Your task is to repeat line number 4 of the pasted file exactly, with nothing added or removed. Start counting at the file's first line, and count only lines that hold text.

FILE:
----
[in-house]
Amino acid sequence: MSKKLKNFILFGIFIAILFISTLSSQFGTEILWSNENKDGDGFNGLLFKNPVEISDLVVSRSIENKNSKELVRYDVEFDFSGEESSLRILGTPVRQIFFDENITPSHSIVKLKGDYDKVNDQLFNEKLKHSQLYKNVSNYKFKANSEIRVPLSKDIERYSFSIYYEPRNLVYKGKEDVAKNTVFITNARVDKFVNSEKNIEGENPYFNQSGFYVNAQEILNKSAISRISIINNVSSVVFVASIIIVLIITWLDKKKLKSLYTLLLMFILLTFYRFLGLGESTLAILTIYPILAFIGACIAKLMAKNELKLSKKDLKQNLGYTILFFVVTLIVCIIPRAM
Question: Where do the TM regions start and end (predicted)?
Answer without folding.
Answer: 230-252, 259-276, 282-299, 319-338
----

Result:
Answer without folding.